It all started when I changed his first diaper.  The only word I can think of to describe it was chaos.  My friends with boys primary advice was keep lots of Vaseline on hand for the circumcision wound. Vaseline, check.  Unfortunately, the minute, no, the second I opened his diaper he would whizz all over himself and me.  I would unsuccessfully end up dodging pee before I could even get the Vaseline on!  The main problem is if you try to cover his little wee-wee without properly lubing it first, it will cause his circumcision wound a great deal of pain.  Think about the logistics of this and you can only imagine the comedy that changing each diaper brought.  When the whizz wasn't flying, his butt was usually providing some explosions of their own. As with most breastfed babies, the watery mustard seed poops didn't really subside until he was about 4 months old and started eating some solids.

I finally realized that if I waited to change him until after I nursed him, I would usually avoid major cleanups.  I learned the hard way that he usually relieved himself during feedings.  About 5 minutes into his feeding I could feel a sudden warm rush on my stomach.  Somehow he had leaked through his diaper and all over me.  Rather than interrupt the feeding, I would sit in the wetness because God forbid I tease him with 5 minutes of Mother's Milk only to pull him away and put him through the agony of being stripped naked and changed.  I received some good advice and bumped him up to the next diaper size and we solved the whole leaking issue and once his wound healed, the juggling act got a little easier. 

As he got older, he did most of the usual baby things.  Eat, sleep, poop, eat, eat, sleep, poop, eat, sleep, eat, eat, poop...but mostly eat.  And that was one of the first differences between he and Maddie.  She nursed well and did pretty well with baby food, but as soon as I introduced texture, she gagged and threw up.  To this day, she has a limited diet and isn't much for trying new things.  Colin, on the other hand, will eat pretty much anything and everything you put in front of him.  In fact, he will also seek out things to eat, like dog food for example.

It is pretty much a given if we leave the laundry room door open, Colin will make his way in there for a little snack.  Makes it hard for the dogs to eat when a) the door is almost always closed and b) they have to compete for food with Colin.  Luckily Colin makes up for what he takes from them by tossing his extra food off his tray when he's done or outright feeding them his food.  When he's not eating dog food, he's using the dog bowl as a water table driving his trucks into the bowl or dropping Maddie's stuffed animals into it.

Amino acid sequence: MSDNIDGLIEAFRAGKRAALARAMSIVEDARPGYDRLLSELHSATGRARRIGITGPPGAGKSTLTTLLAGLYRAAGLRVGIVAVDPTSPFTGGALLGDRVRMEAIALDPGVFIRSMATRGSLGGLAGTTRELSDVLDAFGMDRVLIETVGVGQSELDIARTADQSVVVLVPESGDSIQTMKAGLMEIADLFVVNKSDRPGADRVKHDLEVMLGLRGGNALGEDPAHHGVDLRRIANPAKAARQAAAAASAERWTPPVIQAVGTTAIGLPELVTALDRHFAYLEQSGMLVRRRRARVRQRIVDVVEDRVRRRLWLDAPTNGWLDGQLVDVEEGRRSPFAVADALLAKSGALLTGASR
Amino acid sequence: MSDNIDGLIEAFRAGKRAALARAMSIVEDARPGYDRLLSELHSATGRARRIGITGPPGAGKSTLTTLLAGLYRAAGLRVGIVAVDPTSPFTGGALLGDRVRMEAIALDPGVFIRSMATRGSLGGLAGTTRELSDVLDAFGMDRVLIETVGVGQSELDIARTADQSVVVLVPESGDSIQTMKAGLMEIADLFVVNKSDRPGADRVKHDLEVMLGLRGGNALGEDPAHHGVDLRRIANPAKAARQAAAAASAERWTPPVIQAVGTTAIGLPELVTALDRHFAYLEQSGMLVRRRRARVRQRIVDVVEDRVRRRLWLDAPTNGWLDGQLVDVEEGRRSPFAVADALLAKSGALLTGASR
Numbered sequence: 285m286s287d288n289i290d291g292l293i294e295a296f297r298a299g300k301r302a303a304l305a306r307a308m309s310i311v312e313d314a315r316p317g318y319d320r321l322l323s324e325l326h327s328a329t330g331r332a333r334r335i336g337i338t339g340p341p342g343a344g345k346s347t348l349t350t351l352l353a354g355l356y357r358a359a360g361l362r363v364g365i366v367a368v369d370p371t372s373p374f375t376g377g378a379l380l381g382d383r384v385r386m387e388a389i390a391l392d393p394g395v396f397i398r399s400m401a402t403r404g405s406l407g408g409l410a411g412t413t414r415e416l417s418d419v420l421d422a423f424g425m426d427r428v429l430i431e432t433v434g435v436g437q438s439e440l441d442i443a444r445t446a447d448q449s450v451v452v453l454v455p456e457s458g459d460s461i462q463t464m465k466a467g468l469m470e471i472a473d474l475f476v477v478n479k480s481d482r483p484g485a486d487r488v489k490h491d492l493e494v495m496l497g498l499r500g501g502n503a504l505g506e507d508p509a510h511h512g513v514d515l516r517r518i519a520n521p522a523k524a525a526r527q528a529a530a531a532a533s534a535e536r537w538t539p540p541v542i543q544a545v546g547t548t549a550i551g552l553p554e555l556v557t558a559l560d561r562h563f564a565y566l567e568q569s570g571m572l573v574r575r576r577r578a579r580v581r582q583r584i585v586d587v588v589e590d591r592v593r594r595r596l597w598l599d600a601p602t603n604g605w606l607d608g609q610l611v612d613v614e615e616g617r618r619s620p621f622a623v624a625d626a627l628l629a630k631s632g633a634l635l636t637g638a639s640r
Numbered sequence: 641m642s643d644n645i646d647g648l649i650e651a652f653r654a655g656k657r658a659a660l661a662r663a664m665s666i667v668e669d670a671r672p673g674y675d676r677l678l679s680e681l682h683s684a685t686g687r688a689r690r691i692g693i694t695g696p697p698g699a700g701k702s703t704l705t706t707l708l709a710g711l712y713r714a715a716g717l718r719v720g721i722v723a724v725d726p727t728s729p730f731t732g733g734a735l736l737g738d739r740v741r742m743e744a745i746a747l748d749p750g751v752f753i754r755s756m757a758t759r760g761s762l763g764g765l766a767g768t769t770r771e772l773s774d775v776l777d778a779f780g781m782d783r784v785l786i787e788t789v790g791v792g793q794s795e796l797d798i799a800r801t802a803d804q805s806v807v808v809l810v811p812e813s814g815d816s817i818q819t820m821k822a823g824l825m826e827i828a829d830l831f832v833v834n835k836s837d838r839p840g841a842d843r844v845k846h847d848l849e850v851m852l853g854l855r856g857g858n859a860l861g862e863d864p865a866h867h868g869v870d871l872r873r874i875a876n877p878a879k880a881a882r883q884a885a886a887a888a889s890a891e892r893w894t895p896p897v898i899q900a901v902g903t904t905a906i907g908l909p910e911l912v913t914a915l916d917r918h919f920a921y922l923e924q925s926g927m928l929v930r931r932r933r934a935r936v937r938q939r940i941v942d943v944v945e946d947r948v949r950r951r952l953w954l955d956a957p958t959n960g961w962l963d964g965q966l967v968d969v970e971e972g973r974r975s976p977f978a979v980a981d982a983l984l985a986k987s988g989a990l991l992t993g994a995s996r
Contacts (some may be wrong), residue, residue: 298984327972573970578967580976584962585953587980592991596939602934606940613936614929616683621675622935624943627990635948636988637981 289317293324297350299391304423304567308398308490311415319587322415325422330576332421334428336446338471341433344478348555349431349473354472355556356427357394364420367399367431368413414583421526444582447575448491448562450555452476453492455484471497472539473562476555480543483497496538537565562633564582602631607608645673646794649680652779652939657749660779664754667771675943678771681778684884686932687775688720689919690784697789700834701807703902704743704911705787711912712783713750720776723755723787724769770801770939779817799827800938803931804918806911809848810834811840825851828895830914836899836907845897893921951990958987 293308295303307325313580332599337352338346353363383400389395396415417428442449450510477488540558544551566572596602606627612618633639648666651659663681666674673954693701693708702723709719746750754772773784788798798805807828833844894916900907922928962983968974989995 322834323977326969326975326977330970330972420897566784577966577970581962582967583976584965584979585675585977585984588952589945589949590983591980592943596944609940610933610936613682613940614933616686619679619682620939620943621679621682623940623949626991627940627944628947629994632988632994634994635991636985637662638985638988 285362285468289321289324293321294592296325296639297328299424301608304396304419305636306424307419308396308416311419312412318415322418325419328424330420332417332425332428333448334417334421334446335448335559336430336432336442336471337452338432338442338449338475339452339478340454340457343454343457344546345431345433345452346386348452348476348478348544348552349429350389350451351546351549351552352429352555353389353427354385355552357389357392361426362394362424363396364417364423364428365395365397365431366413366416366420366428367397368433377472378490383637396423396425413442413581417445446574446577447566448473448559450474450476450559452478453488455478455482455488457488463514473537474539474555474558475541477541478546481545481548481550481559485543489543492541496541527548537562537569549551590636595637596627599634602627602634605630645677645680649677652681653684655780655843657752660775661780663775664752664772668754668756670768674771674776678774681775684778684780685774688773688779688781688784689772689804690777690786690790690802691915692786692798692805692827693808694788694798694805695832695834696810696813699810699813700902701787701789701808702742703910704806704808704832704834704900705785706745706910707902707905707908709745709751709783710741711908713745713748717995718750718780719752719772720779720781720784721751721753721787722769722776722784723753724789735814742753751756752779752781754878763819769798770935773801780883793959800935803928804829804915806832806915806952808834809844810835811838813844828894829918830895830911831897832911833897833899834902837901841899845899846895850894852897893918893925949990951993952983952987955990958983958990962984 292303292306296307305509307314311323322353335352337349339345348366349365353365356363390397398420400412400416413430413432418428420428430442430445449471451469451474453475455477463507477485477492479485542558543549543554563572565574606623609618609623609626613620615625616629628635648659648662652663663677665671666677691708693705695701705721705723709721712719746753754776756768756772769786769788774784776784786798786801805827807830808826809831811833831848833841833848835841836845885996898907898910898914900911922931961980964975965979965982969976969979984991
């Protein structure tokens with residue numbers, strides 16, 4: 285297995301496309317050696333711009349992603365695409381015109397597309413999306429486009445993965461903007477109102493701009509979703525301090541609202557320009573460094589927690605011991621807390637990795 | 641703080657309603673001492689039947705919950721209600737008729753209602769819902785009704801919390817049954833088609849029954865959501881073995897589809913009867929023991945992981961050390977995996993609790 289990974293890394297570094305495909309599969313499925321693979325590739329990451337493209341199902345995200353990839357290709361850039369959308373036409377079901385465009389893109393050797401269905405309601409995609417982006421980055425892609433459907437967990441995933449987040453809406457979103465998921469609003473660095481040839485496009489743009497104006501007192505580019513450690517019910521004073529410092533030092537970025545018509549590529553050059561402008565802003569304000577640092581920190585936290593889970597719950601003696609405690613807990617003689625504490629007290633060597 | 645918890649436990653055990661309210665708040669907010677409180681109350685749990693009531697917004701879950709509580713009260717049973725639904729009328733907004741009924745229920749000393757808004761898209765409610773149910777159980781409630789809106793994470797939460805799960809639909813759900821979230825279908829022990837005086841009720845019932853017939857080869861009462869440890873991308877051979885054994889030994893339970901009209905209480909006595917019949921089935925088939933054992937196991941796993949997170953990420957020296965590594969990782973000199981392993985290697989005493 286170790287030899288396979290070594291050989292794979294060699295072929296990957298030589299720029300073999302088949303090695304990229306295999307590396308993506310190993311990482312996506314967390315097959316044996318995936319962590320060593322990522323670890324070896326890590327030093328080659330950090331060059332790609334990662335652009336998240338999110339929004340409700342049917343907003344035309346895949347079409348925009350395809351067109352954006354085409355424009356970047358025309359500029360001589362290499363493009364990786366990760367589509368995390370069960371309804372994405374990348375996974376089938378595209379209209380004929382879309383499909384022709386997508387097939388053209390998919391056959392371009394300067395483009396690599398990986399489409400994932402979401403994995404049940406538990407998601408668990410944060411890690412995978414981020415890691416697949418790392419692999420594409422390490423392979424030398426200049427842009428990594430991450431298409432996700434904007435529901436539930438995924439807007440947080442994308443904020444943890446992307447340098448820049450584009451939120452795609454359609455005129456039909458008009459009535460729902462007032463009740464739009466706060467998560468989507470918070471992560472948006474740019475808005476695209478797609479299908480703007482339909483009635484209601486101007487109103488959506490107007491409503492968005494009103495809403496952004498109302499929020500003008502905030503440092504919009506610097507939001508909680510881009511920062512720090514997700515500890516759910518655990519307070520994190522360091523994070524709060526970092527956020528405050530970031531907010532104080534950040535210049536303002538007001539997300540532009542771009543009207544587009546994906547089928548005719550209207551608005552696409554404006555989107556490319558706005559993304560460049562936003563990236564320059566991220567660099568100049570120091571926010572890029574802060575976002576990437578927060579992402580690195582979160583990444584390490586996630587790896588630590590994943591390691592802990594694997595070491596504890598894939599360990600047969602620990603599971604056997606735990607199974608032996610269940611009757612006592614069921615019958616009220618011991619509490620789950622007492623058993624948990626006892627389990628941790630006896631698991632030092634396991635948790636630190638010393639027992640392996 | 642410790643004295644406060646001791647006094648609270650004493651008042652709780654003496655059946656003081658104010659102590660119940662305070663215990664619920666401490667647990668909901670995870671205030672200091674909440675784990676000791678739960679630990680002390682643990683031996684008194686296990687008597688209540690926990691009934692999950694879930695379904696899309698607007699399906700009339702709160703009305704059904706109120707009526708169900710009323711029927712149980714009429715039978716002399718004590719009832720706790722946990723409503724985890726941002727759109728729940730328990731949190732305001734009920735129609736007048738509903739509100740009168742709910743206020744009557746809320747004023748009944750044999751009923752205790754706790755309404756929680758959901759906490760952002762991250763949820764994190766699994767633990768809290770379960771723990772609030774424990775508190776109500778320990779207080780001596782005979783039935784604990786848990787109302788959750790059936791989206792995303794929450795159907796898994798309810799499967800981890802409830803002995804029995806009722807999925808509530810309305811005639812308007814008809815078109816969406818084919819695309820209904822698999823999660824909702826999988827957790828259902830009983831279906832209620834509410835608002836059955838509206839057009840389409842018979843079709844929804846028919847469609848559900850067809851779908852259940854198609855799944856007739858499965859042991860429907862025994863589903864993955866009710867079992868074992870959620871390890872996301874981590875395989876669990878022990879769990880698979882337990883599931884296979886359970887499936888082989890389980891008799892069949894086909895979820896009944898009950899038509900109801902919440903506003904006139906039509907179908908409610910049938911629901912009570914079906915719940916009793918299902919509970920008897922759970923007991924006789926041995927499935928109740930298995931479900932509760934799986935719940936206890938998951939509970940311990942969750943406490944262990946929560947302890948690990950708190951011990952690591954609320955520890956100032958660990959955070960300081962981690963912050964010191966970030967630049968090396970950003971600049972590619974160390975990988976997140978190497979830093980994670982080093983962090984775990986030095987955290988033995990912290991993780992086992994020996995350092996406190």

Colin also likes to hide in the pantry, because that is where all the good stuff is.  He has learned to pull boxes and bags off the shelves and help himself.  One day I found him hiding in there chowing down on a bag of Cheetos like a Bulimic teenage girl.  He looked up at me with his cheesy face and licked his fingers.  Now he has also discovered that is where we keep an even guiltier food.  I do a great deal of  "sweeping" animal food out of Colin's mouth.  Turns out that the smorgasbord doesn't stop there.  Colin also likes leaves, mulch and as I mentioned in my previous post, Polly Pockets clothes. 

Today was a particularly gold banner day for Colin.  A trip to the park involved licking the slide, the edge of the equipment, and the piece de resistance, going face first into the sand and taking a nice bite like he was in a pie-eating contest.  Only difference is the sand at the park isn't a blueberry pie, it’s the neighborhood litter box.  He immediately started sputtering and I had to try and get as much of it out of his mouth as possible.  Once I had cleared most of it out, I could just hear the grains of sand crunching in as he bit down.  There's nothing like exfoliating the inside of your mouth and everything else throughout the digestive tract.  Shortly after that, I was distracted by a Maddie meltdown when a little girl pushed her.  After dealing with the situation, I realized Colin had run off and I caught him trying to steal a juice box out of someone’s stroller.  Clearly, he had "dry mouth."  Yeah, dry like the Mojave! At least sand has minerals, right?  When we arrived home, he headed toward the recycling bin where he grabbed a Subway cup and tried to quench his thirst.  We finally made our way inside and he chugged some milk. 

You would think he would have learned his lesson about putting foreign objects in his mouth, but later in the evening, he had managed to get his hands on one the gourds we had gotten from the pumpkin farm and was gnawing on the end of that.  Gross. I worried with all the "snacking" he had done he wouldn't eat dinner.  Nope.  Fish, corn, pears, a cookie... he ate it all. 

An hour later I found him opening the garbage can and grabbing scraps of food out.  What is wrong with this child?  Another hour goes by and he comes to visit Maddie and I in the bathroom as I am wiping her and helping her wash her hands.  I look over and he is licking the toilet seat cover.  Seriously?